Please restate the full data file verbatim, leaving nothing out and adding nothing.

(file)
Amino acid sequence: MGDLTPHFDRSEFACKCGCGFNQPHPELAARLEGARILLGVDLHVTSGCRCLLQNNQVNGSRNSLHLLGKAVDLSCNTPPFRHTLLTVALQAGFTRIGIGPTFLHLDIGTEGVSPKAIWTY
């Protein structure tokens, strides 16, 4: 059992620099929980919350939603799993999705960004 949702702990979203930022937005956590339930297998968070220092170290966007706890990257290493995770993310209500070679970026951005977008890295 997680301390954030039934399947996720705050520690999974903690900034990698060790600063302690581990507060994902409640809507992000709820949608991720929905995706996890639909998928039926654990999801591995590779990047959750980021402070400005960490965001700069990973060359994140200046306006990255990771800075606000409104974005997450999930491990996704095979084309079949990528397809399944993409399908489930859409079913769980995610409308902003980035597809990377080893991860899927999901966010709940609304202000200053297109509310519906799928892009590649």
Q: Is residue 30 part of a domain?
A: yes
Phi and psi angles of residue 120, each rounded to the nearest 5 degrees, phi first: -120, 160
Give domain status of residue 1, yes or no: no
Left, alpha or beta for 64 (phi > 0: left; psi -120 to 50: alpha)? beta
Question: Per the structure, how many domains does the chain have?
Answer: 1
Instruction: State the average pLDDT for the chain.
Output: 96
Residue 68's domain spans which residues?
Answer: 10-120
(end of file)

Amino acid sequence: MGDLTPHFDRSEFACKCGCGFNQPHPELAARLEGARILLGVDLHVTSGCRCLLQNNQVNGSRNSLHLLGKAVDLSCNTPPFRHTLLTVALQAGFTRIGIGPTFLHLDIGTEGVSPKAIWTY
């Protein structure tokens, strides 16, 4: 059992620099929980919350939603799993999705960004 949702702990979203930022937005956590339930297998968070220092170290966007706890990257290493995770993310209500070679970026951005977008890295 997680301390954030039934399947996720705050520690999974903690900034990698060790600063302690581990507060994902409640809507992000709820949608991720929905995706996890639909998928039926654990999801591995590779990047959750980021402070400005960490965001700069990973060359994140200046306006990255990771800075606000409104974005997450999930491990996704095979084309079949990528397809399944993409399908489930859409079913769980995610409308902003980035597809990377080893991860899927999901966010709940609304202000200053297109509310519906799928892009590649």
Q: Is residue 30 part of a domain?
A: yes
Phi and psi angles of residue 120, each rounded to the nearest 5 degrees, phi first: -120, 160
Give domain status of residue 1, yes or no: no
Left, alpha or beta for 64 (phi > 0: left; psi -120 to 50: alpha)? beta
Question: Per the structure, how many domains does the chain have?
Answer: 1
Instruction: State the average pLDDT for the chain.
Output: 96
Residue 68's domain spans which residues?
Answer: 10-120